“I got a two-two.”
Harold turned around. He’d heard the crunch of gravel a few minutes before as another truck pulled up. It was Peachy Morris hauling his Clack-a-Craft, the one with the pink ribbon on the hull to show his support for breast cancer research, though anyone who knew Peachy knew the only breast research he was interested in was the hands-on kind. The lanky fishing guide crinkled up his eyes, a “what do we have here?” look on his face. Harold’s glance took in Peachy’s clients, a tall, sandy-haired man he recognized as a member of the Madison River Liars and Fly Tiers Club, though he had forgotten the name, and a small girl who looked maybe seven.
“And what’s your name?” Harold asked the girl.
The girl hid her face behind a wing of straw colored hair. It’s because I’m Indian, he thought. When she’d boldly pronounced her armament, he’d been facing away from her.
The sandy-haired man extended his hand. “Robin Hurt Cowdry. We’ve met.”
“Sure. You’re from Zimbabwe, you import the African artifacts.”
“Botswana,” the man corrected. “Mugabe redistributed my keister all the way to Botswana. This is Doris, my niece.” And to the girl, “Mind your manners.”
She shyly faced Harold. “You can have my two-two,” she said, “but it’s back at the house.”
“I might need something bigger than that,” Harold said. His eyes turned to the cliffs as the moaning picked up in volume.
“Sounds like a bloody pride of lions,” Cowdry said.
Harold’s nod was half an inch. “It’s bison. Guy on the game range saw some on the escarpment before dark last night, maybe a part of the herd that came out of Yellowstone onto the Hebgen Plateau, reported it to FWP this morning. A guide putting in heard the ruckus” — Harold jerked his head to indicate the group standing at the boat ramp — “so he called the county and here I am with my hands in my pockets.”
“So you figure they fell over the cliffs?” Peachy Morris was tugging on his rowing gloves. “Fourth of July. All that racket down in the valley, people setting off fireworks. They could have panicked.”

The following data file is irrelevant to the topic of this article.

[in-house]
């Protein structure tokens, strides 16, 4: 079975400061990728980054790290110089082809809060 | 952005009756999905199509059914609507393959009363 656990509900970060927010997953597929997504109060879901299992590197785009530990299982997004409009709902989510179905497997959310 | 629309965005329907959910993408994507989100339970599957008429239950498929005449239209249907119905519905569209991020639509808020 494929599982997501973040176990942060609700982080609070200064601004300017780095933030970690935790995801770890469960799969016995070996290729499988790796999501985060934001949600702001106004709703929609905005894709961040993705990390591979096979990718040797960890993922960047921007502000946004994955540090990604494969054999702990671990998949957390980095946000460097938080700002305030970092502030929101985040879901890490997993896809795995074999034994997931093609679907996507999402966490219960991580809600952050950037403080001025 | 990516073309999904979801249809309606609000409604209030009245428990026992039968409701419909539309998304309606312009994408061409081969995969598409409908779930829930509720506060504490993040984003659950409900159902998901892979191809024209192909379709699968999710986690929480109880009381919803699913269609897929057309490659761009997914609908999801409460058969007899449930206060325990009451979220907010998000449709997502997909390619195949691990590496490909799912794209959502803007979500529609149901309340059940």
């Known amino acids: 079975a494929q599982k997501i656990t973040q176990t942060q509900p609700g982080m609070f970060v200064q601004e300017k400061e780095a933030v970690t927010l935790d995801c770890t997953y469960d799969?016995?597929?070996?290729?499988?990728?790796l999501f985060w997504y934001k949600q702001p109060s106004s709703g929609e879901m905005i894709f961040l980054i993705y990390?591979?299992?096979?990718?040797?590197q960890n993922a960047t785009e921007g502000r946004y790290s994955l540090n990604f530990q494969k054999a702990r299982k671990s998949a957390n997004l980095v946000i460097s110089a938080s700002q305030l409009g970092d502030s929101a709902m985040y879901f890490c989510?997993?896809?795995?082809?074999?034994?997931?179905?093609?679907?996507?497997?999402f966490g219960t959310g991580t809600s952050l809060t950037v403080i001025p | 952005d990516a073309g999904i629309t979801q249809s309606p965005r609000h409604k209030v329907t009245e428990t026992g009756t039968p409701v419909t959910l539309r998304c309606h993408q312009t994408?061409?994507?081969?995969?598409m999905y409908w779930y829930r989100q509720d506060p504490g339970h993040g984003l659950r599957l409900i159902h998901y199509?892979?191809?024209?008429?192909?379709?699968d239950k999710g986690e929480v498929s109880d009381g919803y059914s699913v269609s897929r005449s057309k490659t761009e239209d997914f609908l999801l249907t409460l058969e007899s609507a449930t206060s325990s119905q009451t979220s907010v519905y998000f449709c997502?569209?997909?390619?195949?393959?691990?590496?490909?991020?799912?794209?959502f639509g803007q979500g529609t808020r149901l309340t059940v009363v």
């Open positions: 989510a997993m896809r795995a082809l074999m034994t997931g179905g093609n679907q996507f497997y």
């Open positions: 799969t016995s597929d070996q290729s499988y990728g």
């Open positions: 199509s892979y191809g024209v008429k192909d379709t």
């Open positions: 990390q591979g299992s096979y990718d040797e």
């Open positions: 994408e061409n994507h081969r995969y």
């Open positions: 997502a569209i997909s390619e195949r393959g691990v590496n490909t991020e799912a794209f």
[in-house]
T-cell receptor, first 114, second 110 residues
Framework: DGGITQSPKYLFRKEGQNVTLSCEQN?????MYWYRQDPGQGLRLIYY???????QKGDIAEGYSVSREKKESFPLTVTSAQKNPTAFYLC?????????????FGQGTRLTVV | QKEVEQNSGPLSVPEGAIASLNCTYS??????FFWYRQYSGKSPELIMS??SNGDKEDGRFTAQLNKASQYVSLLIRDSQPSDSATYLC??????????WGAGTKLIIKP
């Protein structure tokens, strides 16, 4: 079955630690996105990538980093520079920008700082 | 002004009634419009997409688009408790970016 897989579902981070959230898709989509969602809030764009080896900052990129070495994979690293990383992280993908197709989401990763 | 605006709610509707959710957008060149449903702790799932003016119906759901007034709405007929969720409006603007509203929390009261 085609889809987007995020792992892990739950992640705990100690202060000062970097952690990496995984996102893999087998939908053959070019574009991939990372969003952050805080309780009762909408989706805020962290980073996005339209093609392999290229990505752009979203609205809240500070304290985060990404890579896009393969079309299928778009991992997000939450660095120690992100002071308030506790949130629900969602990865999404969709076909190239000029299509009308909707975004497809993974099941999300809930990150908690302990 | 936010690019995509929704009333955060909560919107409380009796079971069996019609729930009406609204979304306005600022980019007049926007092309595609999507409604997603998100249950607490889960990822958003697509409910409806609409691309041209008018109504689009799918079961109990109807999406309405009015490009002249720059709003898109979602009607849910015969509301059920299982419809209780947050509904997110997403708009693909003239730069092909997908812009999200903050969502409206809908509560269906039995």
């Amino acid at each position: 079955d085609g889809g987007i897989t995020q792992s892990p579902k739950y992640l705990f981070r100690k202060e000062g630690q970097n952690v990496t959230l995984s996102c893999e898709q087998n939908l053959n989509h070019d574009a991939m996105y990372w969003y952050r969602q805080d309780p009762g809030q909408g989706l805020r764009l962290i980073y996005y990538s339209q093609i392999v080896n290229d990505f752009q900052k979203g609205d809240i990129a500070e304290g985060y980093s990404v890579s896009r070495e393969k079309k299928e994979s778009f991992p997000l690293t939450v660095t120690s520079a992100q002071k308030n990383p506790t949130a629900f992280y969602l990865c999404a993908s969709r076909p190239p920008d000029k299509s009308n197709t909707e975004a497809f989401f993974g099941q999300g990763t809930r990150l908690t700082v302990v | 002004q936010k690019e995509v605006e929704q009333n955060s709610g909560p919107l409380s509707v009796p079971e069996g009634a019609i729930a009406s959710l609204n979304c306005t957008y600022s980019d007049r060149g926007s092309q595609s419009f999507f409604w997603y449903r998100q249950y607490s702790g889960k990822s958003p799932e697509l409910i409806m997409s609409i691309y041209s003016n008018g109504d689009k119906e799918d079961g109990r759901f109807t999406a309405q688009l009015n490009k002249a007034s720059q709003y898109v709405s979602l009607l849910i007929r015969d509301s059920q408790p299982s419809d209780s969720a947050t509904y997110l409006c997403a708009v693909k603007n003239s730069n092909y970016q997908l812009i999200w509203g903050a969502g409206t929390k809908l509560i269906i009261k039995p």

“That’s what I’m thinking.”
“Then let me see what I can come up with.”
Harold crossed his arms against the bite of morning chill, caught the girl staring at his tattoos, the weasel tracks hunting around his left upper biceps, the hooves of elk following each other around his right.
“Are you an Indian?” she said, pushing the hair out of her face. “I’ve never seen an Indian.”
“Absolutely,” Harold said.
“I saw a Zulu warrior dance. They’re fiercer than you.”
“That’s because I didn’t put on my paint this morning.”
Peachy was back, handing over a revolver in a leather holster.
“It’s a .454 Casull. The loads are just snake shot but there’s some hard cast rounds floating around in my boat bag. Shoot through thirty inches of wet phonebooks.”
The girl’s eyes widened. “Jah, you could right donner them with that. Couldn’t he, Uncle Robin?”
“Speak American, Dorry,” Cowdry said.
Morris produced five hard cast loads with the comment that they might not be enough. “How many you think there are?” he said.
“Sounds like a few.” Harold tipped out the cylinder to dump the snake loads and fed in the full power rounds. He turned to Cowdry. “I left a message with the sheriff. She comes, she’ll have doughnuts. Tell her to save me one of the glazed. Make sure your niece gets one.”
He raised his chin to the guide. “Peachy, you think you could row me across?”
He spoke briefly to the group who’d been standing on the bank, telling them to wait until he’d crossed before launching and to stay in their boats until they were through the cliffs. He left them stringing fly rods and pushed off with Peachy at the oars of the drift boat, making for a backwater on the far bank.
“You want me to come with you?” Peachy dropped the anchor.
“No, I got it.”
Harold ran his eyes to the tops of the cliffs, which were known as the Palisades and stood sentinel for a solid mile over the river’s west bank. The moaning sounds were louder here and sounded more like growling, though the reverberation on the rock walls made them hard to place. He drew the Casull from the holster and checked the loads. “I won’t be needing this,” he said, and tossed the leather holster to Peachy. He started hiking up the bank, holding the heavy handgun at his side.
The first buffalo was dead, a jagged edge of cannon bone sticking through the skin of its foreleg, its bowels evacuated, its enormous eye glazed over. A cow, fingers of shaggy winter coat hanging off like brown moss. It had rolled after falling off the cliff, carving a wide swale through the brush. Twenty yards farther up, where willows choked the river bottom, was a second cow. Its cavernous rib cage expanded, then collapsed like an accordion. With each exhalation, a ragged gurgling sound blew bubbles in the blood covering its nose and mouth. Its eye followed Harold as he walked around it, but it lacked the strength to turn its head. Harold clenched his jaw. He extended his right arm and shot it in the back of its skull.